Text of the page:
Polish your English with “The Master and Margarita”! Issue 41

“Высокий тенор Берлиоза разносился в пустынной аллее, и по мере того, как Михаил Александрович забирался в дебри, в которые может забираться, не рискуя свернуть себе шею, лишь очень образованный человек, — поэт узнавал все больше и больше интересного и полезного и про египетского Озириса, благостного бога и сына Неба и Земли, и про финикийского бога Фаммуза, и про Мардука, и даже про менее известного грозного бога Вицлипуцли, которого весьма почитали некогда ацтеки в Мексике.”

[AmB]
Berlioz’s high tenor resounded along the deserted path, and as Mikhail Alexandrovich ventured into that maze, which only a highly educated man can explore without risking his neck, the poet learned more and more interesting and useful things about the Egyptian Osiris, the kind god and son of Heaven and Earth, and about the Phoenician god Tammuz, and about Marduk, and even about the lesser known terrible god Uitzilopochtli who had once been venerated by the Aztecs in Mexico.

[AmG]
The editor’s high tenor resounded in the deserted avenue. And, as he delved deeper and deeper into jungles where only a highly educated man could venture without risking his neck, the poet learned more and more fascinating and useful facts about the Egyptian Osiris, the beneficent god who was the son of Sky and Earth, and about the Phoenician god Marduk, and about Tammuz, and even about the more obscure god Huitzilopochtli, who had once been worshiped by the Aztecs in Mexico.

[AmI]
BERLIOZ: The Egyptians had Osiris, The Phoenicians Tammuz, and the Aztecs Vitzli-Putzli. The Aztecs made little Vitzli-Putzlis out of bread dough.

[AmK]
Berlioz’s high tenor carried through the deserted alley, and as Mikhail Alexandrovich ventured further and further into the sort of jungle where only a highly educated man can survive, the poet learned volumes of interesting and useful information – about the benevolent Egyptian god Osiris, son of Heaven and Earth, about the Phoenician god Thammuz, about Marduk, even about the lesser known but menacing god Uitzilo-Pochtli, once greatly revered by the Mexican Aztecs.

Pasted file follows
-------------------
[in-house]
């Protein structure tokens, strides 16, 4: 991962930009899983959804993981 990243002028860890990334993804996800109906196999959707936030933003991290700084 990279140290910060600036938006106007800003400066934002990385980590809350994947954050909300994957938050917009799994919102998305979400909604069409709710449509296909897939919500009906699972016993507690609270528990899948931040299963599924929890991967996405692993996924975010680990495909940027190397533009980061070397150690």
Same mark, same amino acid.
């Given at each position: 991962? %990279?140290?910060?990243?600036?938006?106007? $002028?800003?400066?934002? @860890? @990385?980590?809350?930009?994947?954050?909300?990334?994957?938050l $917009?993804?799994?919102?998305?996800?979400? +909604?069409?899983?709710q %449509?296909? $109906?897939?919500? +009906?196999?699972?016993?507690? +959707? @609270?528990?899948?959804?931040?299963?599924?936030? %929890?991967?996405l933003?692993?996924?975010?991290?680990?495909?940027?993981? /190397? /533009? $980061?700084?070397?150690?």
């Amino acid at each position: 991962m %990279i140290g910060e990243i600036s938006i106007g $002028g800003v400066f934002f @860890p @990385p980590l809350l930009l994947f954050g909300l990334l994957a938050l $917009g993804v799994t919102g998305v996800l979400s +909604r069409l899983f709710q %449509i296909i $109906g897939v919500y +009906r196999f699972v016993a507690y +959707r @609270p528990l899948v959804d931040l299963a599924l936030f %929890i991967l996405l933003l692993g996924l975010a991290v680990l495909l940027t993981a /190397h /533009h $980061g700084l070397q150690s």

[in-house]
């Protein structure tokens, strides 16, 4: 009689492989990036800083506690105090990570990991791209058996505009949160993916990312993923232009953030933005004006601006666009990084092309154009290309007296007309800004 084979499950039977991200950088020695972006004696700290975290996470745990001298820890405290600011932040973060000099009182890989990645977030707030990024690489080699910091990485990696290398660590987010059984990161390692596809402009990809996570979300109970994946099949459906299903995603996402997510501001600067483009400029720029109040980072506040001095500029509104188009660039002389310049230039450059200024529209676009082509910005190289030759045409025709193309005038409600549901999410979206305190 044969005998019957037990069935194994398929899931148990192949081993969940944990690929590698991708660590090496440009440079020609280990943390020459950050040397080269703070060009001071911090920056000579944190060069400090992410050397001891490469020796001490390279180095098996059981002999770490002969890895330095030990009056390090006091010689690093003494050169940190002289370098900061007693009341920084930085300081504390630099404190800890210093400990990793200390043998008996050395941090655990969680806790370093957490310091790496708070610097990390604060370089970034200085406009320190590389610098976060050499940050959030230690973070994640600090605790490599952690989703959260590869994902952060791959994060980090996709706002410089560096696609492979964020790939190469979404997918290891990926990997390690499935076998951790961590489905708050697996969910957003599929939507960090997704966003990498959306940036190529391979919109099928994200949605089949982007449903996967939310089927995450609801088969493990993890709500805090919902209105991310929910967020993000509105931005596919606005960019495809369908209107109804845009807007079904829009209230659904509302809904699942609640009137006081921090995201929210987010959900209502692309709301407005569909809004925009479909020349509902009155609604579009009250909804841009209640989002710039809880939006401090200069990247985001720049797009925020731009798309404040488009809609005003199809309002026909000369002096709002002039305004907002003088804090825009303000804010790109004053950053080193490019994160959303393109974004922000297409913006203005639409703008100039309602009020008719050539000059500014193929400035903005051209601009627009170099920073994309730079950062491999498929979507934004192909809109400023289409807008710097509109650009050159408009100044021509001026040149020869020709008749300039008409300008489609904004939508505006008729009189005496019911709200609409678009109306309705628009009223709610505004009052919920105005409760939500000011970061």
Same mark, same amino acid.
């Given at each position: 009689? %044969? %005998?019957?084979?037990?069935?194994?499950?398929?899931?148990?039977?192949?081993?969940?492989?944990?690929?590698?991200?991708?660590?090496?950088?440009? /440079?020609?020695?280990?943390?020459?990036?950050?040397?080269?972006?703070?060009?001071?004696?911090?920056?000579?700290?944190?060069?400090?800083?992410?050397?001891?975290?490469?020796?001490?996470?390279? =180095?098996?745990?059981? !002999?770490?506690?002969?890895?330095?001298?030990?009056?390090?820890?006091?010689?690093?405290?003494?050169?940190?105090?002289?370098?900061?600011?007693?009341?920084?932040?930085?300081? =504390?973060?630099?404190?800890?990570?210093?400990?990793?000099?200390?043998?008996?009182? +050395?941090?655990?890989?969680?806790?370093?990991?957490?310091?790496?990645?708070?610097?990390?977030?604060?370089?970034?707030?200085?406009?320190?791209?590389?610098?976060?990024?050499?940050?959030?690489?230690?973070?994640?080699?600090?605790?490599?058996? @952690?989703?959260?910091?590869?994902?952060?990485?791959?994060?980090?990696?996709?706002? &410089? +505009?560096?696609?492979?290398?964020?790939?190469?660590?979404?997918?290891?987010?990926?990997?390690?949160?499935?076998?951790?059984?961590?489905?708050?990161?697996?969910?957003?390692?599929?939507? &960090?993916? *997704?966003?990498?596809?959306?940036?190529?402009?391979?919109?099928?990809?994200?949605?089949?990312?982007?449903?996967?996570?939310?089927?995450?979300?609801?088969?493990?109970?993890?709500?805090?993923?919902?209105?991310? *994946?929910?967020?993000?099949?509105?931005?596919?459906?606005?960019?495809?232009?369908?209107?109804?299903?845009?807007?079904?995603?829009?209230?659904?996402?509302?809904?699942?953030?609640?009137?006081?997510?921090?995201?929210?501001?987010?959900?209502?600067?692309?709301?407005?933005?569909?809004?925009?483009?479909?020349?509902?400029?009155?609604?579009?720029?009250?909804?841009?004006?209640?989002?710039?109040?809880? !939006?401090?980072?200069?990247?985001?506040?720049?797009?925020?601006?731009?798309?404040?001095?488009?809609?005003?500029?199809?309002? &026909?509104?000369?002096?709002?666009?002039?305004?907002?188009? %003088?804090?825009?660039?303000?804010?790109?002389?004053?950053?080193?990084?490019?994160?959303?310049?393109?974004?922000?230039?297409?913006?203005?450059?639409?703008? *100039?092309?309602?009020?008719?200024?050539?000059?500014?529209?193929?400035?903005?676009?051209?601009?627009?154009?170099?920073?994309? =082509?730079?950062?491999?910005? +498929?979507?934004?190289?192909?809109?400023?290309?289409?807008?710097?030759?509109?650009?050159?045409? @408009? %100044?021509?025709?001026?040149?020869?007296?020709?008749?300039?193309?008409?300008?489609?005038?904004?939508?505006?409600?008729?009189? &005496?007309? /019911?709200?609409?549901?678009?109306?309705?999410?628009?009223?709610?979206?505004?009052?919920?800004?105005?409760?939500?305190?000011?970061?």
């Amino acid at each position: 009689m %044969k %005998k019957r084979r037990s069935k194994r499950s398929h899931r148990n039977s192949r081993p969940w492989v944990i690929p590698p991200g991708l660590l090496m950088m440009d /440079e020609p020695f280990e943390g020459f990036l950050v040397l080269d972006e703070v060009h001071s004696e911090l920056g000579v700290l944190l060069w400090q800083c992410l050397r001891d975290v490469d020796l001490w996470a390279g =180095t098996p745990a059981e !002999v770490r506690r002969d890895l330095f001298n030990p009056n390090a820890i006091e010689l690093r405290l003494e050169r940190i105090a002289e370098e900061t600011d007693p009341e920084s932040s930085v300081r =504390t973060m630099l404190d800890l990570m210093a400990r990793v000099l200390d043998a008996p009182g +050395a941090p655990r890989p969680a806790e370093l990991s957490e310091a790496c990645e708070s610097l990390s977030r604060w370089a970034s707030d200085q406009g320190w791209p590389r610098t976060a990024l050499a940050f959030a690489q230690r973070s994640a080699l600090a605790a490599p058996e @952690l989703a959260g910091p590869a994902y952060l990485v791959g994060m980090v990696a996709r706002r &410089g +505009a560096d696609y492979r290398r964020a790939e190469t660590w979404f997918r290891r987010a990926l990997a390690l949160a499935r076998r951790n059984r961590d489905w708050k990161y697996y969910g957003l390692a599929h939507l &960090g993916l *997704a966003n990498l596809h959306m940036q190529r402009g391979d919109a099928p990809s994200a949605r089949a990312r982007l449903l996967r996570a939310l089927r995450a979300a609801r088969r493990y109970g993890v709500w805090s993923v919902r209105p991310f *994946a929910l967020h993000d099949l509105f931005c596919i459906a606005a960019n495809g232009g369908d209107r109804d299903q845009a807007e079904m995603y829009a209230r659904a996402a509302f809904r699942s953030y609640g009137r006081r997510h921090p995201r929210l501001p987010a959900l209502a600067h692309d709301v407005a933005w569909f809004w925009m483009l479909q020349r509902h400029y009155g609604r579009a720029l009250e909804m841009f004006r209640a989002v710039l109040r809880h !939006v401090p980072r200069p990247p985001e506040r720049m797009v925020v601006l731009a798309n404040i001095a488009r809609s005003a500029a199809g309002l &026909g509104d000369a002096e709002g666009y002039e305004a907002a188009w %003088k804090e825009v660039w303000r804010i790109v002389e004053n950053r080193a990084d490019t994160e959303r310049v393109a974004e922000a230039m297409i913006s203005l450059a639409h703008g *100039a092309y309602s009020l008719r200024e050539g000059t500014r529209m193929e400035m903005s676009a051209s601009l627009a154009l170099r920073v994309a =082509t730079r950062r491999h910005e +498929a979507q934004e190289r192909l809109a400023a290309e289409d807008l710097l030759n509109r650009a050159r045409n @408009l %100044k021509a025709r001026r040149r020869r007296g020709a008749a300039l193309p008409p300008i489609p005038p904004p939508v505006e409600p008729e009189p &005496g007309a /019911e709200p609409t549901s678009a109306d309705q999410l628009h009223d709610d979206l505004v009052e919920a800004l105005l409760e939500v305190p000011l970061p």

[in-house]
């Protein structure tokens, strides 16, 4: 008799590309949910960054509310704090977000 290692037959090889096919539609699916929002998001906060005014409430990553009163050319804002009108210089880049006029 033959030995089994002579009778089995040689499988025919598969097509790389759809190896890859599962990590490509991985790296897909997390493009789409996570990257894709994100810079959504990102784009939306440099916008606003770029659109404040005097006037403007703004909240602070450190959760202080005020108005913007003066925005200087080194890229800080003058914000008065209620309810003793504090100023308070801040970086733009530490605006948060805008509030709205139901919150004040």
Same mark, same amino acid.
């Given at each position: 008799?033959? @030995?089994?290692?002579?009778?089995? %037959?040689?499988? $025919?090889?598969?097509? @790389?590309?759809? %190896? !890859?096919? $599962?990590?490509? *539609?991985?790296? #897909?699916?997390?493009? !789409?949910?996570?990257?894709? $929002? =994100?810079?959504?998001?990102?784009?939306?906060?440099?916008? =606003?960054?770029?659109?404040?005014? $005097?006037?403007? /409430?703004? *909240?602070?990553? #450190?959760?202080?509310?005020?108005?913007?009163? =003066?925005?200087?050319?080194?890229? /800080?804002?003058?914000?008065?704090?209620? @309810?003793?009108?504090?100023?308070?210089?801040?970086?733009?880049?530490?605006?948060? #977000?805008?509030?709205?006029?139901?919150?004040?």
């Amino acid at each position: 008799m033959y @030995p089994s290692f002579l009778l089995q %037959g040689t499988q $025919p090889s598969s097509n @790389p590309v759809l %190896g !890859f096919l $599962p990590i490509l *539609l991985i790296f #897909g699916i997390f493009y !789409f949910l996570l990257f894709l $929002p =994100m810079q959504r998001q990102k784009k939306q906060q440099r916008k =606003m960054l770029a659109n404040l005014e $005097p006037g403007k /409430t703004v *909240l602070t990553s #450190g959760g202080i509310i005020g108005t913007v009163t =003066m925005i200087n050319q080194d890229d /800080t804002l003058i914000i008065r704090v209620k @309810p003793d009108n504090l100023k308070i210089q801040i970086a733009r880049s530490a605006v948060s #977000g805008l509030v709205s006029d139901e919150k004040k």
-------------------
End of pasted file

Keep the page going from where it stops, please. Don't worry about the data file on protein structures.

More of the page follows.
[AmP]
Berlioz’s high tenor rang out in the deserted walk, and as Mikhail Alexandrovich went deeper into the maze, which only a highly educated man can go into without risking a broken neck, the poet learned more and more interesting and useful things about the Egyptian Osiris, a benevolent god and the son of Heaven and Earth, and about the Phoenician god Tammuz, and about Marduk, and even about a lesser known, terrible god, Vitzliputzli, once greatly venerated by the Aztecs in Mexico.

[BrA]
Berlioz’s high tenor resounded in the deserted avenue, and the deeper Mikhail Alexandrovich clambered into the thickets into which only a very educated man can clamber without the risk of coming a cropper, the more and more interesting and useful were the things the poet learnt about the Egyptian Osiris, the most merciful god and son of heaven and earth, and about the Phoenician god Tammuz, and about Marduk, and even about the lesser-known stern god Huitzilopochtli, who was at one time much revered by the Aztecs in Mexico.

[BrG]
Berlioz’s high tenor resounded along the empty avenue and as Mikhail Alexandrovich picked his way round the sort of historical pitfalls that can only be negotiated safely by a highly educated man, the poet learned more and more useful and instructive facts about the Egyptian god Osiris, son of Earth and Heaven, about the Phoenician god Thammuz, about Marduk and even about the fierce little-known god Vitzli-Putzli, who had once been held in great veneration by the Aztecs of Mexico.

[GT 2017-09]
The high tenor of Berlioz was carried in a desert alley, and as Mikhail Alexandrovich climbed into the jungle that he could climb into without risking his neck, only a very educated man, the poet learned more and more interesting and useful about Egyptian Osiris , the blessed god and son of Heaven and Earth, and the Phoenician god of Famummus, and about Marduk, and even about the lesser known formidable god Witsliputzli, whom the Aztecs in Mexico once worshiped very much.

Big Boris’ Commentary:

1. Observe the difference in the translation of “может забираться”. Try to explain this.
2. Observe the difference in the translation of “не рискуя”. Try to explain this.
3. Observe the difference in the translation of “почитали”. Try to explain this.

Don’t hesitate to comment and propose your variants of translation!

Legend (“Am” = American English, “Br” = British English):

[AmB] — Burgin, O’Connor 1995
[AmG] — Ginsburg 1967
[AmI] — Itallie 1993 (Theatrical Adaptation)
[AmK] — Karpelson 2006
[AmP] — Pevear, Volokhonsky 1997
[BrA] — Aplin 2008
[BrG] — Glenny 1967
[GT] — Google Translate

© Big Boris 2005 – 2017

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